You bought the whisky because you could afford it, had the space to store it, and intended to drink it yourself. Presumably, if its value hadn't gone up, all of these would still apply. If I were in your shoes, and I were financially secure without selling the whisky, I'd keep it.
Topic Author
mikemikemike
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Re: Highly appreciated whiskies

Post by mikemikemike »

Thanks for the replies. I don't need the $ from selling.

It's just hard to open a bottle that is now worth so much more $ than I would pay for it.

I've drank and enjoyed at least 1 bottle of each of these but still have a bunch laying around.

I agree there's no rush, and I like the suggestion/reminder that I can sell some and keep some.

Definitely will keep selling expenses in mind if I go that route.
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Kenkat
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Re: Highly appreciated whiskies

Post by Kenkat »

Auction them if you are comfortable doing so. There are plenty of other options out there to try.
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elcadarj
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Re: Highly appreciated whiskies

Post by elcadarj »

If I had them, I would share them and or use them as gifts for special occasions for special friends and relatives, e.g. marriages, first big promotion, births of grandchildren, my retirement party, etc. If my circle of family or friends wouldn't appreciate it (i.e. I'll have a Bulleit & Diet Coke, luckily not the situation for me) then maybe I would sell excess to acquaintances who would appreciate it at a fair price.
mak1277
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Re: Highly appreciated whiskies

Post by mak1277 »

I would simply not concern myself with the current market value. Not everything is a financial decision. If you don't like the product, then by all means sell it, but don't use the current market price as a reason not to enjoy something you bought at a price that you were happy with.

If I could buy a bottle of Pappy at retail price, I'd gladly do so and enjoy drinking it, not resell it.
jebmke
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Re: Highly appreciated whiskies

Post by jebmke »

We bought Bordeaux futures for 1982 and 1983 at ridiculous prices. Most were ~$120 per case and at peak, many retailed for hundreds of dollars per bottle. I had no problem consuming them. I still have a handful of 1982s left.
When you discover that you are riding a dead horse, the best strategy is to dismount.
Yinks
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Re: Highly appreciated whiskies

Post by Yinks »

mikemikemike wrote: Thu Jun 06, 2019 8:18 pm I love Japanese whisky.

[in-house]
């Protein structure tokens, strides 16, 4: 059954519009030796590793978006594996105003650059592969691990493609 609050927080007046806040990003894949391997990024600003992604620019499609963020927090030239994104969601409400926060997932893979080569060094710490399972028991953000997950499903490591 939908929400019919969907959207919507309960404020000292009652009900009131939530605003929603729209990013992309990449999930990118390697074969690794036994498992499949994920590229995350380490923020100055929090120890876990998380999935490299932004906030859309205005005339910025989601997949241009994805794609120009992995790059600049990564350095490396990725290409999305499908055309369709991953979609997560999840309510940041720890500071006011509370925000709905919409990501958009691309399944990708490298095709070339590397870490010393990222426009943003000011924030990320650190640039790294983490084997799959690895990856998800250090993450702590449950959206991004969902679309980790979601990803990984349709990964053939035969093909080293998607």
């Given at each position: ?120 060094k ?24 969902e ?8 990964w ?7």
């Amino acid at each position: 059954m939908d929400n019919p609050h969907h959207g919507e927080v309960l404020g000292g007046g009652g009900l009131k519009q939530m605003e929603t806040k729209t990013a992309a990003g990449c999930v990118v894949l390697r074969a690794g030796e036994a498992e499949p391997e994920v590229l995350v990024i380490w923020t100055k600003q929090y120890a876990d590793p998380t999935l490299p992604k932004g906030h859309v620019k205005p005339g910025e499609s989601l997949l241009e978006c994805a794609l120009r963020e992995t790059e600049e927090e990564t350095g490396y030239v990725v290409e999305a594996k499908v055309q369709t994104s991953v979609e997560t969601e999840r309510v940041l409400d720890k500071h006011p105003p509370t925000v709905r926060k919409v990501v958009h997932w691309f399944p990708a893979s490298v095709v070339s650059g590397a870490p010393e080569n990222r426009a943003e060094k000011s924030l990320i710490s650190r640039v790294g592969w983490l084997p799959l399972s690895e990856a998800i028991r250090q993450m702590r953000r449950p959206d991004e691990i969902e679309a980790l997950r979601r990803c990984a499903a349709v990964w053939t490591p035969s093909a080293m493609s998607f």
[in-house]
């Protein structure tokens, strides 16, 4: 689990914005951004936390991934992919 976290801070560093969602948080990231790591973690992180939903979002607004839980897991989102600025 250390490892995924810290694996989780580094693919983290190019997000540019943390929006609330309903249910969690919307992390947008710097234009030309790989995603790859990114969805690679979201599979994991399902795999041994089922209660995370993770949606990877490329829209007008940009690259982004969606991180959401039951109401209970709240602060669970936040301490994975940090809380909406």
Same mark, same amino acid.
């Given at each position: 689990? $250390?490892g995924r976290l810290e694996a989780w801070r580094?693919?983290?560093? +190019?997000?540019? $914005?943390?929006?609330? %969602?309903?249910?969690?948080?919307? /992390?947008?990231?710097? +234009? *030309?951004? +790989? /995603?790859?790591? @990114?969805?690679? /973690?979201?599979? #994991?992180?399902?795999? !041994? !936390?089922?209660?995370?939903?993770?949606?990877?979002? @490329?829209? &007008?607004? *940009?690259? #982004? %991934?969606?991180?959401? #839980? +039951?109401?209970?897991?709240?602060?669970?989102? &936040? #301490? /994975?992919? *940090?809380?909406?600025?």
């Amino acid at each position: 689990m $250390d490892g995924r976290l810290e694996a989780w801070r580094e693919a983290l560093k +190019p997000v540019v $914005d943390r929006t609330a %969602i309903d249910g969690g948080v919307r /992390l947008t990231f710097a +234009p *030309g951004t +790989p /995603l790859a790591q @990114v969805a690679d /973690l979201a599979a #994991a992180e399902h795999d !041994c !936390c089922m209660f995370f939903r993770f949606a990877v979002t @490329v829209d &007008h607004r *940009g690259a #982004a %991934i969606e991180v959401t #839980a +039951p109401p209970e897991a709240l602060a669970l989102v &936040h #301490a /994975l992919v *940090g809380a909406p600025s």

This is your answer.

Unless you are strapped for cash, enjoy what you love. Don't worry about what it's worth now. You didn't purchase it as an investment, you purchased it out of love.

Buy low sell high doesn't work for the things you love.
MJS
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Re: Highly appreciated whiskies

Post by MJS »

Talk to a local expert, such as the owner of a high end liquor store, about the actual resale value of one of your bottles. The cases aren't necessarily parallel, but the resale value of diamonds is often far less than the retail cost.

Myself, I would drink them while delighting in my good fortune (and cleverness.) You could leave any remaining bottles to The John C. Bogle Center for Financial Literacy, to auction off to support Bogleheads! :beer
khh
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Re: Highly appreciated whiskies

Post by khh »

Check your state laws to be sure you can sell it.

Man Arrested in Pennsylvania for Selling Bottle of Whiskey Secondhand

http://www.drinksreform.org/blog-1/2017 ... secondhand
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flossy21
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Re: Highly appreciated whiskies

Post by flossy21 »

I would drink it but I understand the allure of selling it as well.

My state has an ABC program so you can't buy whiskey legally, outside of beer & wine, anywhere but in a state run store. The state ABC commission runs online lotteries that are open to all residents of the state 21 and over to enter. You can buy a "limited availability" bottle of bourbon, whiskey, etc. if you "win" the lottery. The best part is that you pay retail for this bottle.

As an example my state recently ran a lottery for Pappy Van Winkle 20 year Bourbon at $169 per bottle. There were 331 bottles allotted to my state. There were over 38,000 lottery entries. This bottle sells on the secondary market for $1,500 to $3,000. I did not win so I don't have to worry about it now but hopefully I'll face the same decision in the future.

https://www.abc.virginia.gov/products/l ... ailability - Virginia Limited Avail. Lottery site

https://www.liquorama.net/pappy-van-win ... 750ml.html - Retailer selling a bottle for more than $2,000
FreemanB
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Re: Highly appreciated whiskies

Post by FreemanB »

I love whiskey also, although I tend to stick mostly to my old friends Jim and Jack. If you can't see yourself opening a bottle just to drink due to the current value, I'd probably keep 1-2 bottles of each for a special occasion and sell the rest. Otherwise, what's going to happen to them 10, 20, or more years from now? If you don't think you'll actually drink it, then its just taking up space.
TSR
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Re: Highly appreciated whiskies

Post by TSR »

I'm not in your financial situation and I'm guessing that money would mean more to me than it does to you, but I'd still say drink it or give it away as gifts to people who'd enjoy it. I'm suspicious of artificially inflated values on things, as those values tend to go up and down (there is a lot of great whiskey that is coming "on line" these days as newer distilleries let their 12-year and older product out). I've had some of the Japanese whiskey you're talking about, and it really is great to drink, so I'd just do that. You made the right call when you did, and now you get to enjoy it. Have one for me, please.
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ryuns
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Re: Highly appreciated whiskies